New York; Posy-Shoulson Press, 1937. Item #30507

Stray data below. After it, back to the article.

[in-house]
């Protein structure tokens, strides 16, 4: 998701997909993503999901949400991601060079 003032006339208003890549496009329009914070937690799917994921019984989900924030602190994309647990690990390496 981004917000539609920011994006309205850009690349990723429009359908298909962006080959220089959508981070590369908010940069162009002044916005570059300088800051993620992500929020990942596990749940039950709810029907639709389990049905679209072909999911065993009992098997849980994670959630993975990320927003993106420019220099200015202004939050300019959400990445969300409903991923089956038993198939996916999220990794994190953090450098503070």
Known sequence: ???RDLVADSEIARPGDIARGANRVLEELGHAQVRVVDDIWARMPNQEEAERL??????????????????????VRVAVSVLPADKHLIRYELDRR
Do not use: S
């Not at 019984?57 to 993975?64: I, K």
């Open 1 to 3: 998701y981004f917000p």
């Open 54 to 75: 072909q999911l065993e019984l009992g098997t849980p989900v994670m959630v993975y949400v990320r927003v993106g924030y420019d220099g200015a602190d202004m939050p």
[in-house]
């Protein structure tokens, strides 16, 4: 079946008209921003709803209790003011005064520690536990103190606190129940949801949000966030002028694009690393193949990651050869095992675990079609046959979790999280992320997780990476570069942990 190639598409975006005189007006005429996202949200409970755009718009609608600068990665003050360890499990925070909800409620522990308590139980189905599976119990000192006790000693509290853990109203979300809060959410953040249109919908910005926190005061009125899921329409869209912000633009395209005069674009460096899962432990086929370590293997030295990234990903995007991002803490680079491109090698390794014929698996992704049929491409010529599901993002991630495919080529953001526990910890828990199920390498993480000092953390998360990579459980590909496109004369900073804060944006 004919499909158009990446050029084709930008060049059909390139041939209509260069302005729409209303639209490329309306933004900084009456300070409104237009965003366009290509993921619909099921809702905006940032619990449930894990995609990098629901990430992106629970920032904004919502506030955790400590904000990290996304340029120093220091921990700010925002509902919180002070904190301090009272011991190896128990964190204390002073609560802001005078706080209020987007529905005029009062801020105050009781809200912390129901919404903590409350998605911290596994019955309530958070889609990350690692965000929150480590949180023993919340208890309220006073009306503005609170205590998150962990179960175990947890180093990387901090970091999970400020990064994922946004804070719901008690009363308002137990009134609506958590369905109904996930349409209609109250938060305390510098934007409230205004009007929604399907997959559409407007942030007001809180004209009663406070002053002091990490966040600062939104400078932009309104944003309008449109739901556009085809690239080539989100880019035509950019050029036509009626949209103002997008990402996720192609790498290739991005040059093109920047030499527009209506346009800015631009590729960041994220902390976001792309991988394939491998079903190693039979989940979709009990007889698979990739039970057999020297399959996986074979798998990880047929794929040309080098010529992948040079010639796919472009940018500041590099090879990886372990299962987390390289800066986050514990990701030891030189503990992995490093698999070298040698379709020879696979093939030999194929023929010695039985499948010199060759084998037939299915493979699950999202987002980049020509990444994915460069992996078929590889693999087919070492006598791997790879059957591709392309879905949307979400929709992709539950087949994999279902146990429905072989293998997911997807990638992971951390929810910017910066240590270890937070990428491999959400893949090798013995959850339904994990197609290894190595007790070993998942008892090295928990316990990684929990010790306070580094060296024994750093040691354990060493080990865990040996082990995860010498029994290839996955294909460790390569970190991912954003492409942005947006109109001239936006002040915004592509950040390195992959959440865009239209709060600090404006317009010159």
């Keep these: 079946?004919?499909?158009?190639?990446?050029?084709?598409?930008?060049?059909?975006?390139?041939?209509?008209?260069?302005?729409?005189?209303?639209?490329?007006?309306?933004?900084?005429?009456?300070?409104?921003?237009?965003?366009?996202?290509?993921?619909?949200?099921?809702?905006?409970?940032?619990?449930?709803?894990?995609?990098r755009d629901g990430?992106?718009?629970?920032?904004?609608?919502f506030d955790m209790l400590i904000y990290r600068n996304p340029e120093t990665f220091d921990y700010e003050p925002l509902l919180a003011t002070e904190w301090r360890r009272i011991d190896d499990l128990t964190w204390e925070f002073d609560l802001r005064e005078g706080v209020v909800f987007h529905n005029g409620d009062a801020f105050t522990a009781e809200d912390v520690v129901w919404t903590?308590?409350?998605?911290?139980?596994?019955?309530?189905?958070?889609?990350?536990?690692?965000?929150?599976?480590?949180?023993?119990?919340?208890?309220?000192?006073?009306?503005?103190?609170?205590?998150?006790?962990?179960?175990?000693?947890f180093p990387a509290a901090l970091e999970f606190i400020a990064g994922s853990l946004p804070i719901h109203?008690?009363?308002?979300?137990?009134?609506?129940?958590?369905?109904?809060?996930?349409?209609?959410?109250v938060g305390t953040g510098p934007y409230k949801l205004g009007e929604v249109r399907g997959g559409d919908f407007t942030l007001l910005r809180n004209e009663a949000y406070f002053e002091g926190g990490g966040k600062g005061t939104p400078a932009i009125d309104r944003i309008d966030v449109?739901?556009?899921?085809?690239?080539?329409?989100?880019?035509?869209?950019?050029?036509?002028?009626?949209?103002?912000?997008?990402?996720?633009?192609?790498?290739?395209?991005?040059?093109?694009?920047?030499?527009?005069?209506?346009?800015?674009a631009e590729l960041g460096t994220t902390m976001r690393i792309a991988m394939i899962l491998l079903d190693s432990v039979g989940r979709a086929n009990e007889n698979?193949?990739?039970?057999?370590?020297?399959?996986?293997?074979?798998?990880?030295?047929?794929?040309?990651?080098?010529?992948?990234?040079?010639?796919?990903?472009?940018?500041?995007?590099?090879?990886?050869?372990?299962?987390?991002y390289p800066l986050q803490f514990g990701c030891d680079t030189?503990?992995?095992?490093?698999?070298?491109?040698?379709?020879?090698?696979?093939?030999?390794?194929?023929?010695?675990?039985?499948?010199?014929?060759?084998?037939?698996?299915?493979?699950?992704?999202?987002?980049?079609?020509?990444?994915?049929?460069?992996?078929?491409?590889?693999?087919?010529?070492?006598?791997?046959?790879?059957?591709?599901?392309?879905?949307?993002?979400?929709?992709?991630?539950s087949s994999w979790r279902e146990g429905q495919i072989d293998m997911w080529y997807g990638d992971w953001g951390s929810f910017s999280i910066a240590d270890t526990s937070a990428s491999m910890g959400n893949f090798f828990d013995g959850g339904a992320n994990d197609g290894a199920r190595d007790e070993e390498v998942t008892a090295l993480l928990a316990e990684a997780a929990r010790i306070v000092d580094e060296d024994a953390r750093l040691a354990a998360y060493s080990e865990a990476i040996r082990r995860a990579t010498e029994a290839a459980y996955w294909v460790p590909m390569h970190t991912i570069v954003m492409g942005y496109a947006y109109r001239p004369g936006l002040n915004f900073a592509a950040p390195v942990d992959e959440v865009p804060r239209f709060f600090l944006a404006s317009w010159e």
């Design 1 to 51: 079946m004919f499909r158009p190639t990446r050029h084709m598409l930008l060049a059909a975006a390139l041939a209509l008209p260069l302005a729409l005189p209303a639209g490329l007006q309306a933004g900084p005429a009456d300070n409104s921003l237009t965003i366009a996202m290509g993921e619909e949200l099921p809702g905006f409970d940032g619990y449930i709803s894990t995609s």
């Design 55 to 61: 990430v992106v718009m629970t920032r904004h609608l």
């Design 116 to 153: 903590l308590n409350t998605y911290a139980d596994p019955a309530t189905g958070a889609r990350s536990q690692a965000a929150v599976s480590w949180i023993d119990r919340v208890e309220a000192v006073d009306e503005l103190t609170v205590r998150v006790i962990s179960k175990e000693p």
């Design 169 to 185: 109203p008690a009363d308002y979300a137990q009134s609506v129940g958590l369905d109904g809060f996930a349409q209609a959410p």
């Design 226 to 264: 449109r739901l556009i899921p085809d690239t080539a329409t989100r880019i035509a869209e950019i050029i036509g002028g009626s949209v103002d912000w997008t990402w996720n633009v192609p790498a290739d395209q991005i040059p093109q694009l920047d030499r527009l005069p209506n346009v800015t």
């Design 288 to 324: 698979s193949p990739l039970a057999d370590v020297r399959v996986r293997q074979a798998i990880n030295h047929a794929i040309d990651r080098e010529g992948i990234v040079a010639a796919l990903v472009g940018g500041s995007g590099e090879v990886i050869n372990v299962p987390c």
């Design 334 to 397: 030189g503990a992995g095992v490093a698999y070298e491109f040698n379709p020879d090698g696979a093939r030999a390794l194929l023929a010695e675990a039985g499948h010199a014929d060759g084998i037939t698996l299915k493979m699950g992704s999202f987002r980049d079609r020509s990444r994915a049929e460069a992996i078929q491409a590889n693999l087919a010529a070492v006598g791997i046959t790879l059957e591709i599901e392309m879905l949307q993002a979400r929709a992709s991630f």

(FT) Suede wraps. 4to. , 171, , 23 pages. 28 cm. First edition. In Yiddish and English. Added title-page: Ten years Artef; published for the tenth anniversary of the Artef, March, 1937. Extensively illustrated publication for the tenth year anniversary of the radical Yiddish theatre company: “Artef, the radical Yiddish dramatic troupe based in New York during the heyday of the Yiddish theater in America. Begun in the mid-1920s as a study group of amateur worker-actors (at one time there were nine separate studios with over 120 students) , in the 1930s the troupe went professional, putting on at least two and often three new plays per season. With such plays as Jacob Mostel's Strike, Shmuel Godiner's Jim Kooperkop, Avrum Vevioka's Diamonds, and Maxim Gorky's Egor Bulychev and Dostigaev and Others, Artef spread propaganda to the masses. … Ideologically Artef was far left; its hope was a Communist society here in America. As a troupe, its role was ‘agit-prop, ’ to agitate and propagandize, to serve as the cultural representative of radical workers. In fact, most of its tickets were pre-sold through worker unions and, at least in its early years, Artef gave presentations at political events. Its first large-scale production was Mass Play and Ballet of the Russian Revolution, which appeared at the Lenin memorial celebration in Madison Square Garden on January 21, 1928. … Artef's greatest artistic and commercial successes were connected with the talented productions of director Benno Schneider. Schneider, who had been active in the Zionist Habima troupe in Moscow, wed aesthetic excellence to revolutionary ideology with his interpretation of Aristocrats, an adaptation of Sholem Aleichem's Mentshn. Incidentally, Schneider earned such a positive reputation with Artef that he received offers to direct on Broadway, a promotion that cost the radical Yiddish theater dearly. The end of the Artef was gradual, and its causes were closely associated with the reduced role of Yiddish in American life. But there were bright lights before the darkness. During the ‘days of the Popular Front, ’ when the Communists formed associations with less radical leftist parties, the Artef attracted a larger audience, which led to an optimistic expansion that later was responsible for huge financial losses. The darkness occurred at the end of the thirties, when the number of Yiddish speakers began to diminish. The last performance of the Artef was on July 7, 1941. (Review by Dr. Brian Horowitz of “Yiddish Proletarian Theatre: The Art and Politics of the Artef, 1925–1940” written by Edna Nahshon) . Many of the actors and directors in Artef went on to establish solid careers on Broadway, Hollywood, and for those blacklisted, overseas. Subjects: Arbeiter theatre verband, New York. Jewish theater. Theater - New York (State) - New York. Artef - Anniversaries, etc. OCLC lists 29 copies worldwide. With previous owners bookstamp on endpage; that of Wolf Mercur, a playwright, actor, and director in Yiddish films and on Broadway. Very clean and fresh. Very good condition. (ART-18-15).